According to an article by Nathaniel Gronewold of E&E Reporter, Nielsen Global Online reports that 69% around the world expressed concern about climate change, up slightly from 2009, but just 48% of the US public joined in that concern. Moreover, a sharp 14 point drop in the percentage of the US public concerned about global warming had taken place since 2007.
Nielsen also finds that concern about global warming is lowest in the US and Canada, much lower than in Europe or China, though erosion of concern in China was also documented.
At 48% there is room to argue that the glass of US public support for addressing climate change is either half-full or half-empty. But there is no doubt that the glass has emptied substantially in the last 4 years.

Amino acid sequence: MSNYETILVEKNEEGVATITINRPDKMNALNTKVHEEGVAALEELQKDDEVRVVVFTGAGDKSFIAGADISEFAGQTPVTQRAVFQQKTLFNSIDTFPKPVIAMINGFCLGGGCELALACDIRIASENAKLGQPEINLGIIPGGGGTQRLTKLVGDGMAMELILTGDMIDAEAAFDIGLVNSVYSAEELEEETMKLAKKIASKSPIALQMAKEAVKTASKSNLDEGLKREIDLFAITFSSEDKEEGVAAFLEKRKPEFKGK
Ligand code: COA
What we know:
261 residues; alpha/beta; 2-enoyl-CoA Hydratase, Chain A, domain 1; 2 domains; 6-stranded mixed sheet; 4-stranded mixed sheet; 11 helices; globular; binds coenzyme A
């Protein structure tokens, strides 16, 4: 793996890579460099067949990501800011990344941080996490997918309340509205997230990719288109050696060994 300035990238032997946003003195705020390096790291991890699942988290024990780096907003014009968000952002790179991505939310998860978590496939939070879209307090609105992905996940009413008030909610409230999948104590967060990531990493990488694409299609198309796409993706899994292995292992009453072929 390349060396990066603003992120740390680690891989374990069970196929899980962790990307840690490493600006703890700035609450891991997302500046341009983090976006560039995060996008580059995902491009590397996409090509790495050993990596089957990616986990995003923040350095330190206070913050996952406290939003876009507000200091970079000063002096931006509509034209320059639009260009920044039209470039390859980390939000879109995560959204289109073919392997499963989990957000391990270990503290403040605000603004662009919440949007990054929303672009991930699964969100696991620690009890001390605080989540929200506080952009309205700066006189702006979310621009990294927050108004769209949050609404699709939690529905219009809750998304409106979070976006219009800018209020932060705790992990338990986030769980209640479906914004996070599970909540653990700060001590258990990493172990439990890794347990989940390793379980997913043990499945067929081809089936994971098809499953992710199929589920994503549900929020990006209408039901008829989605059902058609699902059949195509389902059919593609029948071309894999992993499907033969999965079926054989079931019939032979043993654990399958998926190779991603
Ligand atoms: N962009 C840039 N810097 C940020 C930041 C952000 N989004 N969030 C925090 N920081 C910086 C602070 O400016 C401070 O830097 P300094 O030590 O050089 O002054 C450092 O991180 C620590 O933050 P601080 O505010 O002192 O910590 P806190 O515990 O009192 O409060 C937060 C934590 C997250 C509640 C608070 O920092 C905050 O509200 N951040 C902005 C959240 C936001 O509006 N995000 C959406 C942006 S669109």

Reasons abound. The financial crisis of 2008 and the resulting economic distress has pushed many issues aside.
Conservatives have successfully made rejection of climate science a litmus test for good standing in the Republican party. A PPP poll found that just 25% of Republican primary voters accept climate science, with most in Governor Perry's camp of dismissing it or charging it is a fraud.
Of Republican Presidential candidates, only Governor Huntsman has tweeted his acceptance of climate science as well as evolution and said prophetically, "call me crazy." Judging by Huntsman's standing in the polls, Republican primary voters are politely doing just that.
I suspect that the decline in concern about climate since 2007 tracked by Nielsen has been evident in most demographic groups but particularly sharp among conservatives and Republicans.
Climate change in the USA will not be addressed without substantial public support to do so. As the numbers in support of taking action dwindle, the concentration of heat trapping gas in the atmoshpere rises each year and global temperatures rise each decade.